But there are some problems with Drudge's notion of just what constitutes "covering" a story. He boasts that as his site traffic grew, "I [became] a player, consistently able to break big stories." In Drudge's world, "breaking a story" means mentioning it on your Web site before anyone else does. While that kind of tipsterism certainly has its place in the media food chain, it is a very different thing from actually covering a story -- picking up the phone, tracking down facts and people, driving to their offices and homes to interview them, painstakingly asking questions until you get some answers that make sense.
Reporting is hard, expensive, sometimes unrewarding work; why bother doing it when you can sit back and wait for the anonymous e-mails to flow in? Of course, without someone pounding the pavement and actually covering stories, Drudge wouldn't have much to do all day; if Newsweek hadn't assigned the Monica Lewinsky story in the first place and paid a reporter to dig into it, Drudge would never have been able to tell the world that it had been "spiked."
Drudge's love-hate relationship with what he calls "LegacyMedia" snakes through his "Manifesto" from start to finish. On the one hand, he declares that old media is worthless and dead; on the other, the foibles and follies of old media's pooh-bahs constitute his most persistent obsession.
One page of the book is blank except for the phrases "Print is dead. Movies are dead. TV is dead." If so, the corpses are evidently mesmerizing. If you want to know the latest dirt on the people who run the newspapers and the movie studios and the TV stations, Drudge aims to deliver it to you first. (If you want to know the dirt on Drudge's own short-lived Fox TV show, though, forget it -- as he explains, "The legal terms of my separation with [the Fox] Network insist that I not disparage it." So much for breaking the rules.)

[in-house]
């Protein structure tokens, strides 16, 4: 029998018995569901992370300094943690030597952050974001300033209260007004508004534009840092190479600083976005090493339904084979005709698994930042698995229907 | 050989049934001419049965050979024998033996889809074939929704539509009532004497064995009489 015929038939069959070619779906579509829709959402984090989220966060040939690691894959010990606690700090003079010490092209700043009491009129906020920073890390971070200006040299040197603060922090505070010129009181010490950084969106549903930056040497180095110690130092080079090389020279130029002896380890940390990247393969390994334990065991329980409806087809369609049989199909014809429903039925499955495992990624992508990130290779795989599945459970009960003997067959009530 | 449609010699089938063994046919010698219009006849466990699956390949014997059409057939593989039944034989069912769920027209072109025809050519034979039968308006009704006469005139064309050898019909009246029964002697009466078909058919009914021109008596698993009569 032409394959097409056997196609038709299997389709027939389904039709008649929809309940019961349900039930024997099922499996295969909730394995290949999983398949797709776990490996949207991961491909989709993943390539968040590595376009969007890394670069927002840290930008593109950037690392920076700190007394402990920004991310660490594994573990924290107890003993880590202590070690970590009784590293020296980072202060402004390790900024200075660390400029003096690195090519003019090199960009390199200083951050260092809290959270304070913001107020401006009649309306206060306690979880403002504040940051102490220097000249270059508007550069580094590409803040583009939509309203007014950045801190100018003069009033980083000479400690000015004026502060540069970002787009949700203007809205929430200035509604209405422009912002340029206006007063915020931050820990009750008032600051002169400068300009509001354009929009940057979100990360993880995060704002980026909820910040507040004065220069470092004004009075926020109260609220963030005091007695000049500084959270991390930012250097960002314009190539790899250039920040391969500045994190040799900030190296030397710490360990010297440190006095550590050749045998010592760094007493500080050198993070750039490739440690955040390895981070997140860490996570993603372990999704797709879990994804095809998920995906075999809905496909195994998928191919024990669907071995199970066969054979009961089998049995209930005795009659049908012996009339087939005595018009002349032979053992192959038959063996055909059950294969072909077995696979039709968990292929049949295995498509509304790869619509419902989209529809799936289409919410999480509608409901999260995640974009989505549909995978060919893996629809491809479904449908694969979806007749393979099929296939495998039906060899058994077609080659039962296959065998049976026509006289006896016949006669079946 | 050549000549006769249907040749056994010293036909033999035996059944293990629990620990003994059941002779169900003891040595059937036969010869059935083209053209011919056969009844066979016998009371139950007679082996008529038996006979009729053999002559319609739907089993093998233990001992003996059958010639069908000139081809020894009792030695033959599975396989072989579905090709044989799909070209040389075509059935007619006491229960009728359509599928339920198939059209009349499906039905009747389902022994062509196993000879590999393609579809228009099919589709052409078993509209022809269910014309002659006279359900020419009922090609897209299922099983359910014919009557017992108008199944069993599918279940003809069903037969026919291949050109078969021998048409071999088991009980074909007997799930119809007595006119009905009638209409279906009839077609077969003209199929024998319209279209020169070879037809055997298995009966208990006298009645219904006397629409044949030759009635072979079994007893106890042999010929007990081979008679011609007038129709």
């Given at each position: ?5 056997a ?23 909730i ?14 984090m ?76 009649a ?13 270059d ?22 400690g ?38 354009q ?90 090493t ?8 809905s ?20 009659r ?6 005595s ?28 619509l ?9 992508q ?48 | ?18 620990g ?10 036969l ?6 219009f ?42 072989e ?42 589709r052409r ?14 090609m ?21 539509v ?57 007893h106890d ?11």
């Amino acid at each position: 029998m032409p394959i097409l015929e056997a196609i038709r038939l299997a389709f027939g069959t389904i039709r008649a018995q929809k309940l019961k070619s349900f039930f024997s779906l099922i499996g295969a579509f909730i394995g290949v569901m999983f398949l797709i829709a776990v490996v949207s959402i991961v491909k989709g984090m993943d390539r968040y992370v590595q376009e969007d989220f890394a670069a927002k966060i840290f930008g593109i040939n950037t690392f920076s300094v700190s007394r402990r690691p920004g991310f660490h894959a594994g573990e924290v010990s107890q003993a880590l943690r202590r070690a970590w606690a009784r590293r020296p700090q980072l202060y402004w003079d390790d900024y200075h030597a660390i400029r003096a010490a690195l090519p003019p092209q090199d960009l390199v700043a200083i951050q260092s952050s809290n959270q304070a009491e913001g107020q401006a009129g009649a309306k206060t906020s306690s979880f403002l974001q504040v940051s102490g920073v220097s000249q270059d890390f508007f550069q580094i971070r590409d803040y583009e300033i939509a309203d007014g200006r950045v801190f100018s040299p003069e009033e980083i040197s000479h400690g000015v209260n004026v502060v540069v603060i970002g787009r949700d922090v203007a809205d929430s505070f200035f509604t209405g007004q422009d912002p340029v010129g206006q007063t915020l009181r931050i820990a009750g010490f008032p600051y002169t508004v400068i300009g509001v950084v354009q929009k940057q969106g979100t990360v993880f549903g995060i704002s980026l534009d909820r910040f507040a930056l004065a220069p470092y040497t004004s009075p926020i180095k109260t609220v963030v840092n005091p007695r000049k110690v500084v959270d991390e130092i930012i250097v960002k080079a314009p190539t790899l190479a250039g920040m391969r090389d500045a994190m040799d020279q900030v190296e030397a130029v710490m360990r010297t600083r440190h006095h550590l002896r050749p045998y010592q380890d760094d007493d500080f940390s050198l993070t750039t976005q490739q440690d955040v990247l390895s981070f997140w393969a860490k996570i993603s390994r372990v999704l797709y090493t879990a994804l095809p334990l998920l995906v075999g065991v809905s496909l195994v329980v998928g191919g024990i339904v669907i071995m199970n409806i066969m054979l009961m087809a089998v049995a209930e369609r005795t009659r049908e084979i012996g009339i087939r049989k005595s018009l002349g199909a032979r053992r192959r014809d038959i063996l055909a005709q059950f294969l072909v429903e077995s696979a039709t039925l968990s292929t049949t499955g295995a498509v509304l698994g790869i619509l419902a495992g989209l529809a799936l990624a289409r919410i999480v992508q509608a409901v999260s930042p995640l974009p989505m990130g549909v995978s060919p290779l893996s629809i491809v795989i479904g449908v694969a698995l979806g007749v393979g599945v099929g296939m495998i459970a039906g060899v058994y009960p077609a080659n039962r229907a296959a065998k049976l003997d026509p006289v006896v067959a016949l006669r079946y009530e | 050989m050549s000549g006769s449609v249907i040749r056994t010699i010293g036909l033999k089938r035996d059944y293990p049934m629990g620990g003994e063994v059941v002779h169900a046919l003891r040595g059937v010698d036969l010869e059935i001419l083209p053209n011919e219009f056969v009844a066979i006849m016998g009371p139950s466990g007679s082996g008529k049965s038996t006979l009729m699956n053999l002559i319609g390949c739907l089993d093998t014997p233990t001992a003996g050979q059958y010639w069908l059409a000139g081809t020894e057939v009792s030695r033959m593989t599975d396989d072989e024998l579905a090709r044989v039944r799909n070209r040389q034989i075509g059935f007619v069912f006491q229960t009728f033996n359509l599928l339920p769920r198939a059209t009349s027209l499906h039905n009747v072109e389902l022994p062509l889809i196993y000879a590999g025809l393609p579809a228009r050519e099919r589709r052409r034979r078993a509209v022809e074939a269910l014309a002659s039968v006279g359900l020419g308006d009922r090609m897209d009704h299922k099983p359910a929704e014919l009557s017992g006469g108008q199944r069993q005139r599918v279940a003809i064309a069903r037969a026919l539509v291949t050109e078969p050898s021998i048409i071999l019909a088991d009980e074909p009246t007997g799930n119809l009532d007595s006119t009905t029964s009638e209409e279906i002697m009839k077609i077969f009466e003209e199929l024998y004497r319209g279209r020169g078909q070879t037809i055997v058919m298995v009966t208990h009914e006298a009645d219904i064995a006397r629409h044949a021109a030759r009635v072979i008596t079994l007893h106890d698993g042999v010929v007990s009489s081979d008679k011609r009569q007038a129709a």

After slogging through all the chest thumping about the Internet's triumph over the dinosaurs in the first half of "Drudge Manifesto," you will be rewarded with an astonishing dramatic reversal in the book's second half, as Drudge commences a barely intelligible rant about the concentration of power in the hands of Big Corporate Media. The dinosaurs, it seems, aren't extinct -- they're stronger than ever, and apparently quite capable of squashing the fragile little Internet. "In today's environment," Drudge complains, he might never have been able to get his site going in the first place. He ends his "Manifesto" with the plea, "Don't let them do to the Internet what they did to all the rest."
Huh? Wasn't it the Internet that was empowering "nobodies" like Drudge and putting the big boys out of business? Or is expecting any kind of logical consistency between the first and last pages of "Drudge Manifesto" simply futile?
What finally makes "Drudge Manifesto" feel not only unreadable but irrelevant is its author's apparent lack of connection with the Internet to which he attributes his success. The Internet may have made Drudge, but Drudge seems supremely uninterested in exploring the medium beyond its ability to pipe him tips from the corridors of power. If your only knowledge of the Net came from "Drudge Manifesto," you'd probably come away thinking that there wasn't a whole lot happening online beyond Drudge himself. In a diary-style entry dated 1997, he writes, "I continue to be the only individual on the Net making a name for himself."
Anyone who could imagine that to be true -- no matter how plugged in he may be to the wire services and the Washington dishmongers -- is either phenomenally conceited or remarkably blinkered. The final irony about Matt Drudge is that, for all his scoops, he doesn't seem to be very networked at all.